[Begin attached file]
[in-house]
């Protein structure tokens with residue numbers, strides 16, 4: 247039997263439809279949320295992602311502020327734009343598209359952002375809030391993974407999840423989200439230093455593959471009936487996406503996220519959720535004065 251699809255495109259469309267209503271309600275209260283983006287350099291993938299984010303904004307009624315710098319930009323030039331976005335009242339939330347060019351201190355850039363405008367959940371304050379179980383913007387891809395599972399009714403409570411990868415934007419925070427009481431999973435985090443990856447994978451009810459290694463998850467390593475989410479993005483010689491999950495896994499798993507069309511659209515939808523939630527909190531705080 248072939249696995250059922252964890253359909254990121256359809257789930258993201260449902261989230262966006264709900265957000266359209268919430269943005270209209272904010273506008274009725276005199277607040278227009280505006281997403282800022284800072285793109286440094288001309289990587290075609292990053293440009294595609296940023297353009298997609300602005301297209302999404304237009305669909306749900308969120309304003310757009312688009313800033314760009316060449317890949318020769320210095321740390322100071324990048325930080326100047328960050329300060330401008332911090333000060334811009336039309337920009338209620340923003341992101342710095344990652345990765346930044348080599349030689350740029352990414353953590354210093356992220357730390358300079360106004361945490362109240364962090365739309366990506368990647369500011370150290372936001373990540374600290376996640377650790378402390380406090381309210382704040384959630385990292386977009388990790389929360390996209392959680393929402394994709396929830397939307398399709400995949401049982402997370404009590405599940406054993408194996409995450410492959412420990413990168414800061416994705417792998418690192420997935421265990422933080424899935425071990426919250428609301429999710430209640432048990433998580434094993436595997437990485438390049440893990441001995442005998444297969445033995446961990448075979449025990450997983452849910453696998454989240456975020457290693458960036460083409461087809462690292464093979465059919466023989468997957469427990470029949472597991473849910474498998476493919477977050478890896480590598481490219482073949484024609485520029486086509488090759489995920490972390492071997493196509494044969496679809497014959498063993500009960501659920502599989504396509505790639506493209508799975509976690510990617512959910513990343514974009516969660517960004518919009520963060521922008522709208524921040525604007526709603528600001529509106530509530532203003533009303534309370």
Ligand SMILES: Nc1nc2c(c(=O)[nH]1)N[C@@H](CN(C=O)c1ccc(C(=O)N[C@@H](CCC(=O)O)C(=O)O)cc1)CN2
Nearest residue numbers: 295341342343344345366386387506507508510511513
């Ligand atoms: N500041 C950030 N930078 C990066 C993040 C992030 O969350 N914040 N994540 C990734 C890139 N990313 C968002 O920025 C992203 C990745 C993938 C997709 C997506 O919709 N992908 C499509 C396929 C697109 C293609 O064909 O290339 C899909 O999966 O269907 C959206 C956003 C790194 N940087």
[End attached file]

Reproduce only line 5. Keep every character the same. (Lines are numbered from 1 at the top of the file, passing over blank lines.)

């Ligand atoms: N500041 C950030 N930078 C990066 C993040 C992030 O969350 N914040 N994540 C990734 C890139 N990313 C968002 O920025 C992203 C990745 C993938 C997709 C997506 O919709 N992908 C499509 C396929 C697109 C293609 O064909 O290339 C899909 O999966 O269907 C959206 C956003 C790194 N940087």